Access to medicines. Everyone agrees we should have it, but what does the concept really mean?
We both run organizations founded to address unmet public health needs and have seen problems with access to medicines play out in different ways. For example, during a natural disaster, access to medicines can literally be limited by impassable roads. During an infectious disease epidemic, there might not be enough vaccines stockpiled for everyone at risk. When it comes to women’s reproductive health here in the U.S., “access” takes on a more complex meaning. In our prosperous nation, the issue isn’t the supply of contraceptives, or even demand.
From our point of view, true access in the context of women’s reproductive health means that every woman, regardless of where she lives, how much money she makes, or her health insurance status, should be able to choose if and when to have a baby. However, the reality is that not every woman in the United States has this choice.
Disparities in contraceptive access occur for many reasons, such as levels of provider training. However, one major challenge persists – the most effective forms of contraception according to the CDC, long-acting reversible contraceptives or LARCs (including IUDs), are expensive and cost-prohibitive for too many women. This is particularly true for those without health insurance and with low incomes, who are among the most affected by unplanned pregnancies. This issue persists even though we see decreases in both unplanned pregnancy and healthcare costs when women can choose the most effective forms of birth control.
As leaders of mission-driven, nonprofit organizations, it’s part of our goal to sustain the supply of effective contraception for women who are not guaranteed access – such as the nearly 14 million women who are uninsured in America.
Empowering every woman to space their children or avoid a pregnancy they neither desire nor plan has profoundly positive effects on the course of their individual lives. Why? For many reasons, including that unplanned pregnancies are often associated with negative outcomes such as premature birth, maternal depression, and other lifelong health, economic, and societal difficulties.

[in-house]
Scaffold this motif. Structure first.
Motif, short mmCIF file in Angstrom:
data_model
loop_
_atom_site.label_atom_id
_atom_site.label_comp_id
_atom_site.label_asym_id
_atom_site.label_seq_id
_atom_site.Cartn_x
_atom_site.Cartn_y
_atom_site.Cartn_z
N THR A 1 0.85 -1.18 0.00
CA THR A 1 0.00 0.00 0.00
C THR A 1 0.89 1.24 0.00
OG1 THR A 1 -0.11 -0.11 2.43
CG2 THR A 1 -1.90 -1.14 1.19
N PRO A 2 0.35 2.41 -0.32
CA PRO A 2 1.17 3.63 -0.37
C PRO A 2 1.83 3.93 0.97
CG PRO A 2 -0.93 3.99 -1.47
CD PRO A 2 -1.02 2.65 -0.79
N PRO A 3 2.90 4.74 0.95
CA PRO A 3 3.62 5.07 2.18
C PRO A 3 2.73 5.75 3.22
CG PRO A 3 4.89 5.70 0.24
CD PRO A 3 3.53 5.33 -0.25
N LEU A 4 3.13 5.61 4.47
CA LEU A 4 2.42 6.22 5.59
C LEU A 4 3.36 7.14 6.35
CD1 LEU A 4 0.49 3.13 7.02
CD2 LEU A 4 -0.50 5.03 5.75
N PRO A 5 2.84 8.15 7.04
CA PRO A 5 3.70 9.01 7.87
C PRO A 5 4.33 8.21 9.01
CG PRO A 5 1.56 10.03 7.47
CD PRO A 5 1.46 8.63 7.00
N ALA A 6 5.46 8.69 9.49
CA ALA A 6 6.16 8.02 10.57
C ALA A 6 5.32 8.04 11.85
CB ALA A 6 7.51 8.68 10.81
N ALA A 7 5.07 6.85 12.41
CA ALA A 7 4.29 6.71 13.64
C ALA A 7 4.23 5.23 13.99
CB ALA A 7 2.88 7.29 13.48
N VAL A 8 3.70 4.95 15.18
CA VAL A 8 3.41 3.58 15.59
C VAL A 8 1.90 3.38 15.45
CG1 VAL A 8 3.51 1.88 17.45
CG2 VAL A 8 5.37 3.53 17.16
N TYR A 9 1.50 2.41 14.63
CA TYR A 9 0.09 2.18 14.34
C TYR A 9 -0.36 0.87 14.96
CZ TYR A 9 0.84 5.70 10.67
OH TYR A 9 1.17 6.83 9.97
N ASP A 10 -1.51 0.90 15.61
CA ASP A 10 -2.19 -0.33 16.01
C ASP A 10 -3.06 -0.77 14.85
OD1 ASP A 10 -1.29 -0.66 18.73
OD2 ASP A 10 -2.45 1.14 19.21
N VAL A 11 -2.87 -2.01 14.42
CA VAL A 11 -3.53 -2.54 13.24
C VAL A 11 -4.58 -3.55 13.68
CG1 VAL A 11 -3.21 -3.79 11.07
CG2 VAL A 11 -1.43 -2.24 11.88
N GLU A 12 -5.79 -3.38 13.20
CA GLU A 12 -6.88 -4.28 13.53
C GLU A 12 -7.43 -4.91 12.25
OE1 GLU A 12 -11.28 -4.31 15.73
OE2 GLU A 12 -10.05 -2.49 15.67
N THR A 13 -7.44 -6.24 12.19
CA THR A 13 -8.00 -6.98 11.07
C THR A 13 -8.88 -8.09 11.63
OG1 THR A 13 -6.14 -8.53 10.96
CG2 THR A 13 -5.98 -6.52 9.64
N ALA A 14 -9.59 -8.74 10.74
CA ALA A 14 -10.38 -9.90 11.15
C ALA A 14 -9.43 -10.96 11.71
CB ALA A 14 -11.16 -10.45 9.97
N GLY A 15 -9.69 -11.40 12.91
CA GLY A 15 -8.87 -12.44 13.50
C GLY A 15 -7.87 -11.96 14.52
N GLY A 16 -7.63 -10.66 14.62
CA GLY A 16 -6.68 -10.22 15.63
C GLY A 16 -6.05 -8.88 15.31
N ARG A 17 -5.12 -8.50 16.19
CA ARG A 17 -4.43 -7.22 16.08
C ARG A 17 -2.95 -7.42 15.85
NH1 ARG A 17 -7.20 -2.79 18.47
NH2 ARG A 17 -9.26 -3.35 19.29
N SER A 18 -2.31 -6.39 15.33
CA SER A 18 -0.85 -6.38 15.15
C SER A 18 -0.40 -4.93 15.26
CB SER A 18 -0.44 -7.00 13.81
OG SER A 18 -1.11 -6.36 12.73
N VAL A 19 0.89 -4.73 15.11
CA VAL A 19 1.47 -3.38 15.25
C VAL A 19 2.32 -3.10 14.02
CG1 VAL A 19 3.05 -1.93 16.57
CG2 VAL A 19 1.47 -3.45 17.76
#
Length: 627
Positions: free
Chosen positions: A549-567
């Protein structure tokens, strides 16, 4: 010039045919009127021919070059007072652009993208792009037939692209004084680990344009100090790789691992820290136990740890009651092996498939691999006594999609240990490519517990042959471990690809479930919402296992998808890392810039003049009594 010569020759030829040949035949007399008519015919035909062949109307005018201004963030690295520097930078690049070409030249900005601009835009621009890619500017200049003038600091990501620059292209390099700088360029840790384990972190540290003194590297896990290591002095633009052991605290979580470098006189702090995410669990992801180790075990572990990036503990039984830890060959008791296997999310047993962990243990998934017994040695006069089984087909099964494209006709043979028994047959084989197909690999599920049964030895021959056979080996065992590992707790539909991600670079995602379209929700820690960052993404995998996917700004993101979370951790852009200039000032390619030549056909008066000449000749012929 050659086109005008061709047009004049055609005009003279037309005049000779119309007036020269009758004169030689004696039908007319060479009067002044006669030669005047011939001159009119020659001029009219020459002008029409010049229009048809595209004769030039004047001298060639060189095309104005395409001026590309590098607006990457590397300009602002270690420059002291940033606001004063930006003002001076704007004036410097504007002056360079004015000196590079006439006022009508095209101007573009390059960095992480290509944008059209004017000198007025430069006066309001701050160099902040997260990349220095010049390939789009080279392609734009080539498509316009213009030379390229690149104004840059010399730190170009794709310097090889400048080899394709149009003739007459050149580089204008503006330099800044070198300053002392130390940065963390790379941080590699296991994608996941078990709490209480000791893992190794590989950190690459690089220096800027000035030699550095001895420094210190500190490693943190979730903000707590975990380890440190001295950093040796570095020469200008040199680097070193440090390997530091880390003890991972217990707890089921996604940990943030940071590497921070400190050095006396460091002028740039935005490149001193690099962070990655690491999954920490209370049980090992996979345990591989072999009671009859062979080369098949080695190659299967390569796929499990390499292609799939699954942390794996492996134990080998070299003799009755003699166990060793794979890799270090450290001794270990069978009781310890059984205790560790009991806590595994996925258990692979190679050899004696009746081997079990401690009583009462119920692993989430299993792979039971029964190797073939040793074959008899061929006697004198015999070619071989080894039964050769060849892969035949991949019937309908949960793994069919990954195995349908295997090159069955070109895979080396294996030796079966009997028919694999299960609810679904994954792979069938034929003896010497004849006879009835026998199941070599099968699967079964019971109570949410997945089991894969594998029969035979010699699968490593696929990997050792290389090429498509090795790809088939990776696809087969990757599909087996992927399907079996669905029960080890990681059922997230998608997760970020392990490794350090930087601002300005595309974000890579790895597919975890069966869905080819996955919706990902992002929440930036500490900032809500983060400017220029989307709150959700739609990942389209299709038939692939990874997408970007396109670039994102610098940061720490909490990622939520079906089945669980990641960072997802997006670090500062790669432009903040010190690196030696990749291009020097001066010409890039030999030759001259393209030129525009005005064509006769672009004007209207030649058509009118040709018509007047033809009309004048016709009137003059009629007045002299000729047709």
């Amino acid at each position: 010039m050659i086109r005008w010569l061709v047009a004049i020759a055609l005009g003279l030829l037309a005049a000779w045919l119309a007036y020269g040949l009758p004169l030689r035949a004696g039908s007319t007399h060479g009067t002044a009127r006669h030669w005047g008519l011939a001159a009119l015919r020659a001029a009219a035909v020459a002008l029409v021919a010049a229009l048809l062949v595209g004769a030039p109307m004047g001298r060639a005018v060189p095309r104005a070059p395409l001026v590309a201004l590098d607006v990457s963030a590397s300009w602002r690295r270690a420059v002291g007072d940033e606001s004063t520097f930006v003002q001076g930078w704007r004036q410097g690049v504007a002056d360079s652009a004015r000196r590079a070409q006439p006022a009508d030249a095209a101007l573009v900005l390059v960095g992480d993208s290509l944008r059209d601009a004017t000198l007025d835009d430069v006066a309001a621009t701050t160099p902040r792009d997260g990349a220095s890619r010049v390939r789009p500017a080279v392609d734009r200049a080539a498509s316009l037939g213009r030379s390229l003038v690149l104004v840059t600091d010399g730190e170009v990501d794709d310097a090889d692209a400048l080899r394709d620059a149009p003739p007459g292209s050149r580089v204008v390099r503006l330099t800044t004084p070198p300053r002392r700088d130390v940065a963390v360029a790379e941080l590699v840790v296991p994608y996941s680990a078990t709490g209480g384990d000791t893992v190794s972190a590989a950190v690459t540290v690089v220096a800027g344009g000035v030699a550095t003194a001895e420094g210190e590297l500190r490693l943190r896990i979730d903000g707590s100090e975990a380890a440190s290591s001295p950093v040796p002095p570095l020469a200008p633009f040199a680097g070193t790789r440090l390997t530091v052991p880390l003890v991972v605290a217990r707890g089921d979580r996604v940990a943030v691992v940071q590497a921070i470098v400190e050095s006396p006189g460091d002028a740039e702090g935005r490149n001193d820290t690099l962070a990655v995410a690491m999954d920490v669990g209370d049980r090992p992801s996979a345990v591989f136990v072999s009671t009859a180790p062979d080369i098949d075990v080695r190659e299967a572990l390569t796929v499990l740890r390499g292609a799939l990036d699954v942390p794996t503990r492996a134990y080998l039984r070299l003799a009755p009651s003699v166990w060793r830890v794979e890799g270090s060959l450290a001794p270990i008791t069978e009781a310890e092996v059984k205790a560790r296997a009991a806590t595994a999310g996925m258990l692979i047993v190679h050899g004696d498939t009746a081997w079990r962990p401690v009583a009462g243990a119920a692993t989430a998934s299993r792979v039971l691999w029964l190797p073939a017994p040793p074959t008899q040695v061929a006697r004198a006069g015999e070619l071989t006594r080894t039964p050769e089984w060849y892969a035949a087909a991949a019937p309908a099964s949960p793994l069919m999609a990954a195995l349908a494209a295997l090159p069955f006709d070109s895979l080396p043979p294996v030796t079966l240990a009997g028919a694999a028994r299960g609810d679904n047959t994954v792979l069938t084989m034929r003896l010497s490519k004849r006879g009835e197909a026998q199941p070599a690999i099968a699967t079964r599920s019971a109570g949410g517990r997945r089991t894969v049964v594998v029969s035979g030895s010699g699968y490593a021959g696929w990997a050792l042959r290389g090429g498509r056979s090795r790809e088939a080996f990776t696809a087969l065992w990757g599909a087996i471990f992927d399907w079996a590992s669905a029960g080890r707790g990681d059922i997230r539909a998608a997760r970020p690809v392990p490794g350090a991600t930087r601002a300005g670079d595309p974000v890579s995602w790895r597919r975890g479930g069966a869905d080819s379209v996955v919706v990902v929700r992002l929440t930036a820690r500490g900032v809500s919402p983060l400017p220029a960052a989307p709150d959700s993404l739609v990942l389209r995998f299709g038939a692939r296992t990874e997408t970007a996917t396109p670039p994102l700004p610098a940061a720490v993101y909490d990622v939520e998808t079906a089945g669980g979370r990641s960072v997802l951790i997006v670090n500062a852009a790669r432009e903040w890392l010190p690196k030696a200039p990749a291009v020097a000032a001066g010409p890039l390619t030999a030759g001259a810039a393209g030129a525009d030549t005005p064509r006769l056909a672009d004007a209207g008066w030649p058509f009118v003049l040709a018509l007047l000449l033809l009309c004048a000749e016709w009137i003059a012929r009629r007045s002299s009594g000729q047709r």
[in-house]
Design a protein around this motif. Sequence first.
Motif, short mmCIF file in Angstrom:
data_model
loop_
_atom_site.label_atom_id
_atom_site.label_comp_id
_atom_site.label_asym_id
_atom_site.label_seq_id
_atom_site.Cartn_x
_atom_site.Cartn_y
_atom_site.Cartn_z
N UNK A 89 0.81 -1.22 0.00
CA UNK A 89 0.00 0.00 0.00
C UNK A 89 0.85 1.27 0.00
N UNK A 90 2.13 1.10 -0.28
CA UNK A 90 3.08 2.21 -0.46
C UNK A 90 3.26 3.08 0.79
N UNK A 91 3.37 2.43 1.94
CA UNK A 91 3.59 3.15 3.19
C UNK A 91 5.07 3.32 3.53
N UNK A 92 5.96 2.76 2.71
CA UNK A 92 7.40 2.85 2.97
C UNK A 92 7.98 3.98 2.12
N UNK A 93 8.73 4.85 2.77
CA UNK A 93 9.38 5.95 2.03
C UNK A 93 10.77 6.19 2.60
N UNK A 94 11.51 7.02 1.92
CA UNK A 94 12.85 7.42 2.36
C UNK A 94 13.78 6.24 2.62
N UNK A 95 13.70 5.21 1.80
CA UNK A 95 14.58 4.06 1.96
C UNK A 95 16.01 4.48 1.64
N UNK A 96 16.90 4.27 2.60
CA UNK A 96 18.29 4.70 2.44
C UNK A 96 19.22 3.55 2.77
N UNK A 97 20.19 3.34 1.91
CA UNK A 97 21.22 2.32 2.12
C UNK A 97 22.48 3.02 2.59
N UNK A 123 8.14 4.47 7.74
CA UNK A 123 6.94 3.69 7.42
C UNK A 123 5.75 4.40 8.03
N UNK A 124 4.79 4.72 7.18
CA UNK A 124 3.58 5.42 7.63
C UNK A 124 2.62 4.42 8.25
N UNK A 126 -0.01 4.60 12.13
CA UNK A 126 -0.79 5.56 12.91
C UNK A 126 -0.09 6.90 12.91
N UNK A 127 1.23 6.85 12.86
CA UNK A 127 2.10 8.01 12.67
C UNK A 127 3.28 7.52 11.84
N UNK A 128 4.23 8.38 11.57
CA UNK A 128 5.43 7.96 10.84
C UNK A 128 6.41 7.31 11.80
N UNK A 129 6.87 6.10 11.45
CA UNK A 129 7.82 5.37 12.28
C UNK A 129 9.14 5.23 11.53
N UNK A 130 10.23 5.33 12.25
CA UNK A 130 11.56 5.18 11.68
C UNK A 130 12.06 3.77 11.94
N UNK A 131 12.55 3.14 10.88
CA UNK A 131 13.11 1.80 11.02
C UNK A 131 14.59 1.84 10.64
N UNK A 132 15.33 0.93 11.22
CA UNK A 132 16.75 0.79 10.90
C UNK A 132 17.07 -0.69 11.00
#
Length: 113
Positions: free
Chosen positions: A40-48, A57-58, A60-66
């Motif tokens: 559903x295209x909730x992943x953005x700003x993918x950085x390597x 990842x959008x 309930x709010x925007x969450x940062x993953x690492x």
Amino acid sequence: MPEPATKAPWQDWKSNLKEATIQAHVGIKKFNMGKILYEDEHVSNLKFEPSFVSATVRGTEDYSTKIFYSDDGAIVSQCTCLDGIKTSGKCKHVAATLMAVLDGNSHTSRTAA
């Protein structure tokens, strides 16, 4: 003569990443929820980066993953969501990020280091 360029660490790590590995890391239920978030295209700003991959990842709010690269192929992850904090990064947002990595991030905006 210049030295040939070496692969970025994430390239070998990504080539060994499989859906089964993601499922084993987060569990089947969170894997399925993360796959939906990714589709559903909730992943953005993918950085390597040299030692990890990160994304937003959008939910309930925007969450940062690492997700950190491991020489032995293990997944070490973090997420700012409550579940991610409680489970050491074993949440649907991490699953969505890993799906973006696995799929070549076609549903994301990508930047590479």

So, what are we going to do about it? To start, our organizations are joining forces to donate Medicines360’s hormonal IUD free of charge to selected clinics that serve women who cannot obtain the effective contraception through private insurance, Medicaid, or other public funding.
We’re targeting clinics in states across the country, starting with Virginia, Texas, Colorado and Kentucky, all of which have populations of women who need and deserve access to reliable contraceptive options. Our motivation to increase access across the country stems from the fact that more than 19 million women in the United States live in so-called “contraceptive deserts,” where no access exists to publicly funded clinics providing the full range of FDA-approved contraceptive methods. We cannot allow such disparities to continue and we’re hopeful our efforts can help overcome structural barriers surrounding provider training, patient education and advocacy, so that all women have full reign over their lives and healthcare.
This venture marks the first consistent supply of contraceptives offered through Direct Relief, and the demand that led to this joint program was strong evidence of the ongoing, unmet needs in women’s health. We have long sought to collaborate in ways that enable increased access to healthcare products and services for people who need it most. In 2018, women in our own country are among them.
The profound benefits of expanding access to contraceptive choices are crystal clear, and consequences of inaction and maintaining the status quo are widespread and unacceptable. That’s why we’re looking to leaders from across the industry to step up and help find ways to offer all women the full range of contraceptive options. Count us in.